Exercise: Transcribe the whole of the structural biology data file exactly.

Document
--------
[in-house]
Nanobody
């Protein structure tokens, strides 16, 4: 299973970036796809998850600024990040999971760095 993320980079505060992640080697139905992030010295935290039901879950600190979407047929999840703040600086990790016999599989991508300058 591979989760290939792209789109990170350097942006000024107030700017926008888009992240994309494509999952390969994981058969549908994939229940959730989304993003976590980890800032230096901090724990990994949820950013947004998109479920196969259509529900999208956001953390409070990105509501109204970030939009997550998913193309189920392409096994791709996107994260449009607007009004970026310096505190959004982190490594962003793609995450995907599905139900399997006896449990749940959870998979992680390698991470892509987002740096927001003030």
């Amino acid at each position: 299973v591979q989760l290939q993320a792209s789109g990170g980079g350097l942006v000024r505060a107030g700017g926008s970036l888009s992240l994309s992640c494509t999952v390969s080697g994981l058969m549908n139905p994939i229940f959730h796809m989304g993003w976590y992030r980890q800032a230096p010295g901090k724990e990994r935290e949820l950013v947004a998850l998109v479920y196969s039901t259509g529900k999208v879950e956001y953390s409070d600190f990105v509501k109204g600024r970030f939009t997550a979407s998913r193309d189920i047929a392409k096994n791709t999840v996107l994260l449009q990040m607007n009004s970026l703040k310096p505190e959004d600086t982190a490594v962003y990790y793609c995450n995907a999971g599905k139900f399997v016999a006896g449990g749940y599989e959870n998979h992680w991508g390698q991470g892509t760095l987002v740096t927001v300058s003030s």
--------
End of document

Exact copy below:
[in-house]
Nanobody
């Protein structure tokens, strides 16, 4: 299973970036796809998850600024990040999971760095 993320980079505060992640080697139905992030010295935290039901879950600190979407047929999840703040600086990790016999599989991508300058 591979989760290939792209789109990170350097942006000024107030700017926008888009992240994309494509999952390969994981058969549908994939229940959730989304993003976590980890800032230096901090724990990994949820950013947004998109479920196969259509529900999208956001953390409070990105509501109204970030939009997550998913193309189920392409096994791709996107994260449009607007009004970026310096505190959004982190490594962003793609995450995907599905139900399997006896449990749940959870998979992680390698991470892509987002740096927001003030």
């Amino acid at each position: 299973v591979q989760l290939q993320a792209s789109g990170g980079g350097l942006v000024r505060a107030g700017g926008s970036l888009s992240l994309s992640c494509t999952v390969s080697g994981l058969m549908n139905p994939i229940f959730h796809m989304g993003w976590y992030r980890q800032a230096p010295g901090k724990e990994r935290e949820l950013v947004a998850l998109v479920y196969s039901t259509g529900k999208v879950e956001y953390s409070d600190f990105v509501k109204g600024r970030f939009t997550a979407s998913r193309d189920i047929a392409k096994n791709t999840v996107l994260l449009q990040m607007n009004s970026l703040k310096p505190e959004d600086t982190a490594v962003y990790y793609c995450n995907a999971g599905k139900f399997v016999a006896g449990g749940y599989e959870n998979h992680w991508g390698q991470g892509t760095l987002v740096t927001v300058s003030s």